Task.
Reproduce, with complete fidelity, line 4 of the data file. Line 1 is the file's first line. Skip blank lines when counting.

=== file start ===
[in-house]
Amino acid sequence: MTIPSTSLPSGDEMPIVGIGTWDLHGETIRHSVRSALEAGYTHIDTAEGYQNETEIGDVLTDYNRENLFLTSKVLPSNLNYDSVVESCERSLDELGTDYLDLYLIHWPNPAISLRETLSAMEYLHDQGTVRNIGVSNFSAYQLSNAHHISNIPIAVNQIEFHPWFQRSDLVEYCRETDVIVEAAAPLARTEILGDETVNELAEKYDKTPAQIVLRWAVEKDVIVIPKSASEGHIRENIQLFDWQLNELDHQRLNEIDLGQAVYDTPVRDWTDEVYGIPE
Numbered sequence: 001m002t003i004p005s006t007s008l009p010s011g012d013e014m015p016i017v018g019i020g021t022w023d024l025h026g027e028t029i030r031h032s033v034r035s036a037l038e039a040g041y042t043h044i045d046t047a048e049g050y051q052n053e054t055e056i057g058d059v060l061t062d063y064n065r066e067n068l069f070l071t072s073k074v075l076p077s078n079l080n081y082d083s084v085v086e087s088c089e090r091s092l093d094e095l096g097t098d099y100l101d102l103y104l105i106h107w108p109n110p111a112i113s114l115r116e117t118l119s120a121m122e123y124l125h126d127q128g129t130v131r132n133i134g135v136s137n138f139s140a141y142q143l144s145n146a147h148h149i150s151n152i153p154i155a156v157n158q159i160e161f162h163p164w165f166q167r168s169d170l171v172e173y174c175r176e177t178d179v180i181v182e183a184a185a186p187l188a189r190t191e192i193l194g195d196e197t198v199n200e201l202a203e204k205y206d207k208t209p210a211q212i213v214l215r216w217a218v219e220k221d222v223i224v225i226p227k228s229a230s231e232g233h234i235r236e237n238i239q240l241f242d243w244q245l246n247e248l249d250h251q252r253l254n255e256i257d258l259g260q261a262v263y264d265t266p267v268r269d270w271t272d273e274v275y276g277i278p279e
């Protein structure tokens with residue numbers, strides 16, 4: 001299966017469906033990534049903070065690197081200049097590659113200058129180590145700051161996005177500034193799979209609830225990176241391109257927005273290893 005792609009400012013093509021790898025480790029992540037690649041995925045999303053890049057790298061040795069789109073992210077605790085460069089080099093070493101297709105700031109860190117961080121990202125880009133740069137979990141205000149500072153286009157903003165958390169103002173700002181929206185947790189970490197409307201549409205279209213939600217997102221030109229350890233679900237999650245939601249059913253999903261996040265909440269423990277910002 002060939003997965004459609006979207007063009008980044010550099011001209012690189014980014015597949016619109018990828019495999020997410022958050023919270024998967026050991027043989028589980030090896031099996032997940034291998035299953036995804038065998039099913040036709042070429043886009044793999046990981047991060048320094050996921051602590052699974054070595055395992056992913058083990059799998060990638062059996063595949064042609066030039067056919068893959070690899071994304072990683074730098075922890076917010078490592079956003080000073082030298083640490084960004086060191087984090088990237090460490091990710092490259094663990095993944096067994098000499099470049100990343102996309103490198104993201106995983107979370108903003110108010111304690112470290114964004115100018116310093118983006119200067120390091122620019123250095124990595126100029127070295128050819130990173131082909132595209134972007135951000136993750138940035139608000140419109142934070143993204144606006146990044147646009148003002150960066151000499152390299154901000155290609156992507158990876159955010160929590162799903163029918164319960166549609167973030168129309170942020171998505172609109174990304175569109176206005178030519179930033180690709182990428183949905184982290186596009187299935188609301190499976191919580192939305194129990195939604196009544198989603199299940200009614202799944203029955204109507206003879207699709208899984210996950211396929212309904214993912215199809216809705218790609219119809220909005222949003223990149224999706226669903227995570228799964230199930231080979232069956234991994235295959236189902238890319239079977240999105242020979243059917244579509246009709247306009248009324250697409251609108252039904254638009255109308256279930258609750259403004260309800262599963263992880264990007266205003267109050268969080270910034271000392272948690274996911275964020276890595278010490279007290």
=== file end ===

């Protein structure tokens with residue numbers, strides 16, 4: 001299966017469906033990534049903070065690197081200049097590659113200058129180590145700051161996005177500034193799979209609830225990176241391109257927005273290893 005792609009400012013093509021790898025480790029992540037690649041995925045999303053890049057790298061040795069789109073992210077605790085460069089080099093070493101297709105700031109860190117961080121990202125880009133740069137979990141205000149500072153286009157903003165958390169103002173700002181929206185947790189970490197409307201549409205279209213939600217997102221030109229350890233679900237999650245939601249059913253999903261996040265909440269423990277910002 002060939003997965004459609006979207007063009008980044010550099011001209012690189014980014015597949016619109018990828019495999020997410022958050023919270024998967026050991027043989028589980030090896031099996032997940034291998035299953036995804038065998039099913040036709042070429043886009044793999046990981047991060048320094050996921051602590052699974054070595055395992056992913058083990059799998060990638062059996063595949064042609066030039067056919068893959070690899071994304072990683074730098075922890076917010078490592079956003080000073082030298083640490084960004086060191087984090088990237090460490091990710092490259094663990095993944096067994098000499099470049100990343102996309103490198104993201106995983107979370108903003110108010111304690112470290114964004115100018116310093118983006119200067120390091122620019123250095124990595126100029127070295128050819130990173131082909132595209134972007135951000136993750138940035139608000140419109142934070143993204144606006146990044147646009148003002150960066151000499152390299154901000155290609156992507158990876159955010160929590162799903163029918164319960166549609167973030168129309170942020171998505172609109174990304175569109176206005178030519179930033180690709182990428183949905184982290186596009187299935188609301190499976191919580192939305194129990195939604196009544198989603199299940200009614202799944203029955204109507206003879207699709208899984210996950211396929212309904214993912215199809216809705218790609219119809220909005222949003223990149224999706226669903227995570228799964230199930231080979232069956234991994235295959236189902238890319239079977240999105242020979243059917244579509246009709247306009248009324250697409251609108252039904254638009255109308256279930258609750259403004260309800262599963263992880264990007266205003267109050268969080270910034271000392272948690274996911275964020276890595278010490279007290």